Traci Parker Highlights The Role of Black Women In Advancing Voting Rights At LWVA Webinar

Professor Traci Parker.

The often-overlooked role that Black women played in ending discriminatory voting practices in the United States got some attention on Thursday night, at a webinar hosted by the  League of Women Voters of Amherst (LWVA.)  

UMass Assistant Prof. Traci Parker, of the W.E.B DuBois Department of Afro-American studies, was keynote speaker during the LWVA’s opening meeting, which was held virtually. 

Parker focused on the contributions of Fanny Lou Hamer (1917-77) a Mississippi woman who became an influential grassroots activist and co-founded the Mississippi Freedom Democratic Party.

While Martin Luther King Jr., and the late Georgia congressman John Lewis are often in the spotlight when the civil rights era is recounted, Parker said that Hamer and others did the legwork which supported national efforts to secure full citizenship for people of color. “There are countless African-American women who are rarely honored or recognized,” Parker said.

The LWVA’s newly-formed Racial Justice Task Force helped organize Thursday’s event.  The League’s spokeswoman, Adrienne Terrizzi, noted that September 17 was Constitution Day, which recognizes the adoption of the U.S. Constitution and those who have become citizens. “We have a lot more to do, to form that more perfect union,” Terrizzi said.

The League is a non-partisan organization which encourages citizen participation and activism on local, state and national levels. Parker was introduced by Marcie Sclove, chairperson of the Racial Justice Task Force.  

Parker, who holds a PhD in History from the University of Chicago, and is the author of “Department Stores and the Black Freedom Movement: Workers, Consumers, and Civil Rights,” responded to questions from the audience and offered analysis of the current political situation. 

Parker said that the 1960s and 1970s led to an “explosion” of Black political empowerment, with many people of color serving as mayors and congressmen, while voter registration among Black citizens increased dramatically.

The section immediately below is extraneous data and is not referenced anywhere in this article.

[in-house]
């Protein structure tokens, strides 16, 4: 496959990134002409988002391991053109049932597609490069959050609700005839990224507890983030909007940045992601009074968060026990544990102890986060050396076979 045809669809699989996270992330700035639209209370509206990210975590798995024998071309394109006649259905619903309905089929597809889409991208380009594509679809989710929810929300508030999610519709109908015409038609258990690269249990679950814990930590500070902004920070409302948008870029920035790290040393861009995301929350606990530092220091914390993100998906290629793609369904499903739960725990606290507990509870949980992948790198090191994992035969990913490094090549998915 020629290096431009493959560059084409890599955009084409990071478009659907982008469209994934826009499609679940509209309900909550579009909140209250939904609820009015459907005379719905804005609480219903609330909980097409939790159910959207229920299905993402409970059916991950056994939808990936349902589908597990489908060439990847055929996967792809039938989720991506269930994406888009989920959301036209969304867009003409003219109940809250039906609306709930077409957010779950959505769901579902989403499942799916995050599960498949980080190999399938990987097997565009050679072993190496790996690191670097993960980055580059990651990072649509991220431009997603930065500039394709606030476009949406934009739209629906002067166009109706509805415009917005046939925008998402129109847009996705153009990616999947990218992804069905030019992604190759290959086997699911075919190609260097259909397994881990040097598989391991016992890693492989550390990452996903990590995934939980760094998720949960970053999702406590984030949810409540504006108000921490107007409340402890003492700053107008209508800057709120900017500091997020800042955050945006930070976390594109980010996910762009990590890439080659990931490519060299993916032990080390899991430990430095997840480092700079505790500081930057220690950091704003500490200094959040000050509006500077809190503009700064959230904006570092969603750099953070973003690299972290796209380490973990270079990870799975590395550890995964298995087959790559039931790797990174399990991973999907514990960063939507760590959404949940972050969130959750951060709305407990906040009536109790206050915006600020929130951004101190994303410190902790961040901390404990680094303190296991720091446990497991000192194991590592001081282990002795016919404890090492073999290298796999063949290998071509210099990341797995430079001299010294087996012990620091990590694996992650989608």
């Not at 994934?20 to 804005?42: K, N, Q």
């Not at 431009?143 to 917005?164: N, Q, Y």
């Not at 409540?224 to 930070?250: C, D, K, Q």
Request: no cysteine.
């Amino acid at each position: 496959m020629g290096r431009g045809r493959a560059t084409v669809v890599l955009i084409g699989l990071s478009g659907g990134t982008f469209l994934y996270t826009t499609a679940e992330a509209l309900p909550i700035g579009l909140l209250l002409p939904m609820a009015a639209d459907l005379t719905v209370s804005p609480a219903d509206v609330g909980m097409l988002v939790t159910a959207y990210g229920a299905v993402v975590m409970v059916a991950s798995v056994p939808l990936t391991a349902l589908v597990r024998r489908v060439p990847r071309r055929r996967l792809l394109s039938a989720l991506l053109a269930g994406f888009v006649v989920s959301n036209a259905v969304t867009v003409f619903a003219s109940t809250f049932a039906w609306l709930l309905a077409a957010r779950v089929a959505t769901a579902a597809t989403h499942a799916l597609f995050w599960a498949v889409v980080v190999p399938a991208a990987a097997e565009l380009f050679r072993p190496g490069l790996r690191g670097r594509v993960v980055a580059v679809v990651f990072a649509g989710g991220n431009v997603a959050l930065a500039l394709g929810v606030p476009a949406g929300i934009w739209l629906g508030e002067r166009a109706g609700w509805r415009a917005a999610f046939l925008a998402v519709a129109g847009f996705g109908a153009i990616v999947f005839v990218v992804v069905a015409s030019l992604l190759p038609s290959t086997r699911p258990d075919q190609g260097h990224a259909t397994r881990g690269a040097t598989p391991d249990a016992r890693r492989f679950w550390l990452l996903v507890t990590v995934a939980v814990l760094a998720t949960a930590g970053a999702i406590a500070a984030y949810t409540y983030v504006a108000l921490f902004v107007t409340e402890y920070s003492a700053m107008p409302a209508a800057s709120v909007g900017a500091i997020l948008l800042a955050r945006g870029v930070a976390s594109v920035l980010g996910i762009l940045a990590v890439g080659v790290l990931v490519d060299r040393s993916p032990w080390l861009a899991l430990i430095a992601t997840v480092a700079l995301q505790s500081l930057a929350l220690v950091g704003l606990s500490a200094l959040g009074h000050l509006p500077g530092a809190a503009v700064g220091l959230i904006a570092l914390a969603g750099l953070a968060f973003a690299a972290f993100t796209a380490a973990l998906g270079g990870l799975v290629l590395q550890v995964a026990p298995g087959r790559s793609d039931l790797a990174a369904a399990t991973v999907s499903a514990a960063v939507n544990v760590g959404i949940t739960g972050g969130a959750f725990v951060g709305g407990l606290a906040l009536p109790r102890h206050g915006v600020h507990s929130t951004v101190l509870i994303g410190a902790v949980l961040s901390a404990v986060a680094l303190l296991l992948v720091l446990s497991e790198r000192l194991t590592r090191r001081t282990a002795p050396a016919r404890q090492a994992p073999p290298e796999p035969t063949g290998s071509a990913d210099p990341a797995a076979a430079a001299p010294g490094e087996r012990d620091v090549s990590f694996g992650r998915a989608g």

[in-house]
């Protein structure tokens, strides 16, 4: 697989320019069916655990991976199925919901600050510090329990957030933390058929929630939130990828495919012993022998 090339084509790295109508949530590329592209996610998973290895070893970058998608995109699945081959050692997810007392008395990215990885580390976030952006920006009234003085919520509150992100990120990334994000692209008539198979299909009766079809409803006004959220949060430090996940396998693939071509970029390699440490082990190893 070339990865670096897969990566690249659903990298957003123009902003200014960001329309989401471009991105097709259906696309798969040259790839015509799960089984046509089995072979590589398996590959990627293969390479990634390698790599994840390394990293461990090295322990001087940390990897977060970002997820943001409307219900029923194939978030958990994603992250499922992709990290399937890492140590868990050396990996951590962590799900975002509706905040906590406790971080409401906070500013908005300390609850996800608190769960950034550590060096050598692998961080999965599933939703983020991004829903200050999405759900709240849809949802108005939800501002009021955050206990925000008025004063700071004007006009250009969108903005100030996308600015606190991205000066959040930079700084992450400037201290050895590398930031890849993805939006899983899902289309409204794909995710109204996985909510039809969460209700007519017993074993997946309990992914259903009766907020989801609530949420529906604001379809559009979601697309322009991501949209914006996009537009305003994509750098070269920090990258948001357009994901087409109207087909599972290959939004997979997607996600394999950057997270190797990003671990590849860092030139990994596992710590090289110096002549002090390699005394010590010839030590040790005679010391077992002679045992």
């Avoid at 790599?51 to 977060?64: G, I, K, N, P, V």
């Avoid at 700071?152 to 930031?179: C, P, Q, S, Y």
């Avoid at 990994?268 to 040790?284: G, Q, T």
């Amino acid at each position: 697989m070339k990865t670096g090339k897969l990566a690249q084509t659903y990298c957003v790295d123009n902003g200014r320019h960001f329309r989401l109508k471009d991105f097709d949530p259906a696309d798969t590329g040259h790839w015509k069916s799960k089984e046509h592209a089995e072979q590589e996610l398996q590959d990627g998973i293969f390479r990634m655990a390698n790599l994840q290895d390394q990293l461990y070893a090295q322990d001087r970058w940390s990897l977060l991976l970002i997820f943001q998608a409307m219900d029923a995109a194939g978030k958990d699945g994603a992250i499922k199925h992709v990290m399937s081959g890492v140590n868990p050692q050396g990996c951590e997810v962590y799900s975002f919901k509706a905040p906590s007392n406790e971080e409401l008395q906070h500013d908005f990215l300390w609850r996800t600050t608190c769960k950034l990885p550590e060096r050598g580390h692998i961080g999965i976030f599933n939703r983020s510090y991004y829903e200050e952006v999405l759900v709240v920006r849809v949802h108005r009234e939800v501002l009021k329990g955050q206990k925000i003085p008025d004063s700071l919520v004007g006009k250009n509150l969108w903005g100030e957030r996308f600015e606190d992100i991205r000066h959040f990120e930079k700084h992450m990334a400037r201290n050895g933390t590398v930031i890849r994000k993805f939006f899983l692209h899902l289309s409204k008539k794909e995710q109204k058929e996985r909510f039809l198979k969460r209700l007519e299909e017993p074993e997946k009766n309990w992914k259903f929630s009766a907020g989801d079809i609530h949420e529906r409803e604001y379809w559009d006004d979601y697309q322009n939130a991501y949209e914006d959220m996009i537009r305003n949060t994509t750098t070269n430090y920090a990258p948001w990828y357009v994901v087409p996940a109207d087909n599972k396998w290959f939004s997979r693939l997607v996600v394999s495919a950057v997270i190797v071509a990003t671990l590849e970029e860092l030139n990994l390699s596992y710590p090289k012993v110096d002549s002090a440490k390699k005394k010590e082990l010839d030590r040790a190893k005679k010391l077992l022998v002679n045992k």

However, there have been persistent efforts to reverse course and undermine the Voting Rights Act, including the 2013 U.S. Supreme Court decision in Shelby vs. Holder, Parker said. In that case, the  court invalidated a decades-old “coverage” formula, which required named jurisdictions to pass federal scrutiny under the Voting Rights Act before passing new election or voting laws. (Further information is here.)

Parker said that within 24 hours of the decision in Shelby vs. Holder, Texas announced a new strict photo identification law for voters, and other states began to follow suit. Between 2014 and 2019, Parker said, states purged 16 million voters from their roles, while conducting supposed “list maintenance.” Meanwhile, consolidation of polling places, reductions to polling hours and gerrymandering have continued to have a negative impact on minority voters. 

Last year, Parker said, the U.S. House of Representatives passed the Voting Rights Amendment Act, which would restore prior protections, but the measure recently renamed in Lewis’ honor has not been brought to the floor of the U.S. Senate by Majority Leader Mitch McConnell. (Further information is here.)